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Minister Bennett says national opioid crisis plan to be informed by proposals in B.C.

‘We have an obligation to listen to the people who are actually doing this work, and then respond’
Minister of Mental Health and Addictions and Associate Minister of Health Carolyn Bennett at a news conference in Ottawa on Tuesday, Oct. 26, 2021. THE CANADIAN PRESS/Justin Tang

Canada’s new minister of mental health and addictions, Carolyn Bennett, says she is “very interested” in proposals from British Columbia on how to proceed with a plan for addressing the opioid crisis in the country.

She said her meetings with the B.C. Centre on Substance Use Thursday, and with her B.C. counterpart, Sheila Malcolmson, Friday, will be “really important.”

“We have an obligation to listen to the people who are actually doing this work, and then respond appropriately,” Bennett said

They will be able to “drill down” on seeking an approach toward safe supply that also considers decriminalizing possession, she said.

“We don’t want to do anything that makes things worse, that recriminalizes people,” said Bennett.

B.C. has sought to decriminalize possession of small amounts of illicit drugs by seeking from Health Canada an exemption from the federal Controlled Drugs and Substances Act.

The B.C. Ministry of Mental Health and Addictions could not immediately be reached for comment Friday.

Following the discussions, Bennett said she will see what can be done in a “timely manner” to begin the work that is required on decriminalization and safe supply.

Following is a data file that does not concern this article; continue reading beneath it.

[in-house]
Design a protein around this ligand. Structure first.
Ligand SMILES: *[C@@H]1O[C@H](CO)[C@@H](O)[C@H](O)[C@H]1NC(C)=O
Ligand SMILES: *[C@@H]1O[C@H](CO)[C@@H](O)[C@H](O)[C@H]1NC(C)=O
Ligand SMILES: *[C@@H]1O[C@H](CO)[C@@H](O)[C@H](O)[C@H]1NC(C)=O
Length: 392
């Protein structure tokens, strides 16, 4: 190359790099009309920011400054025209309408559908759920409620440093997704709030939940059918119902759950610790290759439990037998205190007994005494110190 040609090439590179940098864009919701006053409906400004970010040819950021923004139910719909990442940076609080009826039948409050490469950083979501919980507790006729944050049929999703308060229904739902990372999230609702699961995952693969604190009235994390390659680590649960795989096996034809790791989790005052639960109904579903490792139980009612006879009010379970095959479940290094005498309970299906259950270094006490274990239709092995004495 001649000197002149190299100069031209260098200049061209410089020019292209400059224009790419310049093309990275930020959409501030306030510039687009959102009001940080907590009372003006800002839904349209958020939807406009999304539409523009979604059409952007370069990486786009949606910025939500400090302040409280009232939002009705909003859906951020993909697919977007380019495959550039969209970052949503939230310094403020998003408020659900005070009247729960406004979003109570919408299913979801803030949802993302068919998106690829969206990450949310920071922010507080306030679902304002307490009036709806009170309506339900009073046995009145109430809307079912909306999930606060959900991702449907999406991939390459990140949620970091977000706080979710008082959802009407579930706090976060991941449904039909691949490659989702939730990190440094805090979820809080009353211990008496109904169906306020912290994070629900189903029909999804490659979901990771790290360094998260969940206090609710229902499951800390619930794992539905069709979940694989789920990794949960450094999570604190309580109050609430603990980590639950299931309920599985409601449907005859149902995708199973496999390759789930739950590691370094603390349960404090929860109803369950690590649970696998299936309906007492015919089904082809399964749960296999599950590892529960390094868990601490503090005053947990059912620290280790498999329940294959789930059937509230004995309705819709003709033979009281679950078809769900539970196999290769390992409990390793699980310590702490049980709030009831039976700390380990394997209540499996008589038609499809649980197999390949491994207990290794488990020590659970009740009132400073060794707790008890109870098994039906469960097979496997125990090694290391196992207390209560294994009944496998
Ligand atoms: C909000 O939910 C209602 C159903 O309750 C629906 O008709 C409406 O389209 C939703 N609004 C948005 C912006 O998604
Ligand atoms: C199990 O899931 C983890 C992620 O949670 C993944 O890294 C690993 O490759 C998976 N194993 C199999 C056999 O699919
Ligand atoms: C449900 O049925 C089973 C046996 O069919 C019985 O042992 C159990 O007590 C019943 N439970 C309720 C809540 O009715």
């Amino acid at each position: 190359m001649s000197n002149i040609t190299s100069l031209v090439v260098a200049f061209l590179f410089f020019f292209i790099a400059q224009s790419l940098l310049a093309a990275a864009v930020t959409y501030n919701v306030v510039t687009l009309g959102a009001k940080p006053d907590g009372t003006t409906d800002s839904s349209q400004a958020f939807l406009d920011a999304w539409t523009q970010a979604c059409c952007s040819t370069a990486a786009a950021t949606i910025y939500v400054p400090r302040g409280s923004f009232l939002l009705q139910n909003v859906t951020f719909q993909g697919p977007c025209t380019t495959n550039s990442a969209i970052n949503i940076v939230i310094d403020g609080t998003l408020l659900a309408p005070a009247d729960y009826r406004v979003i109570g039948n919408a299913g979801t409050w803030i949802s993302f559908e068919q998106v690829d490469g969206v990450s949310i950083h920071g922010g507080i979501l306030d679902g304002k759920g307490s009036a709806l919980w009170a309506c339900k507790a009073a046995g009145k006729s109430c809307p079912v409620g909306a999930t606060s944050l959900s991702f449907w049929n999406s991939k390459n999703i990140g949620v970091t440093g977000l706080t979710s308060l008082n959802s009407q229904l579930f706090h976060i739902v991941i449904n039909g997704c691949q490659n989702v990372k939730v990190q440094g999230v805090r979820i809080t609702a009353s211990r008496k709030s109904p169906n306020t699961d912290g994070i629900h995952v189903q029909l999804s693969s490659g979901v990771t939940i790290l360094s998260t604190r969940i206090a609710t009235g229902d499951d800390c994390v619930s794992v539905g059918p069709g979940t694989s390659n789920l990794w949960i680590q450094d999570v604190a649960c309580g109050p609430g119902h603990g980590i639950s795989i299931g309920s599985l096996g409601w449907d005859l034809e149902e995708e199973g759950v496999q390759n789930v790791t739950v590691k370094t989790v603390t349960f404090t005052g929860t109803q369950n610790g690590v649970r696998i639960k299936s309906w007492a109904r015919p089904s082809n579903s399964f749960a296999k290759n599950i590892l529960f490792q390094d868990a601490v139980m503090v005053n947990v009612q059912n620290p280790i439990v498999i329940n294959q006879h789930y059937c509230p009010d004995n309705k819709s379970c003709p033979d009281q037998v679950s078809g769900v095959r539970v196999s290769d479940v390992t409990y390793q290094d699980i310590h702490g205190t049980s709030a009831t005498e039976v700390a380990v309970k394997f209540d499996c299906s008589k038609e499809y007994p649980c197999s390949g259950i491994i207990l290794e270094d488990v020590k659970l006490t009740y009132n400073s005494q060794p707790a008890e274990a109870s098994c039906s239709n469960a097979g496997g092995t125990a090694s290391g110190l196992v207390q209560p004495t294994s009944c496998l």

The Trudeau government has so far rejected wholesale decriminalization of simple drug possession while rolling out some pilot projects to provide safer pharmaceutical alternatives to toxic street drugs.

Leslie McBain, founder of advocacy group Moms Stop The Harm, who also met with Bennett Thursday, said the minister “is interested in the pathways that we are on,” adding that the topic of decriminalization was broached.

“Decriminalization in and of itself is not going to save lives, per se,” said McBain. “It’s going to end stigma. It’s going to end the fear of people who have to go out and buy the drugs on the streets. It will do a lot of really good things, and it is essential.”

Asked about how she will address the opioid crisis as it affects Indigenous communities, Bennett said, “I think everything that we do has to be culturally safe, culturally competent, as well as trauma-informed.”

Bennett, who previously held the position of Crown-Indigenous relations minister, said that she will “listen and learn from the people who have been leading this work in Indigenous communities for a very long time,” adding that this work will be done in partnership not just with experts but those with lived experience.

The opioid crisis has worsened during the pandemic, with fatal overdoses and emergency room visits related to opioids having increased in different parts of the country.

—Erika Ibrahim, The Canadian Press

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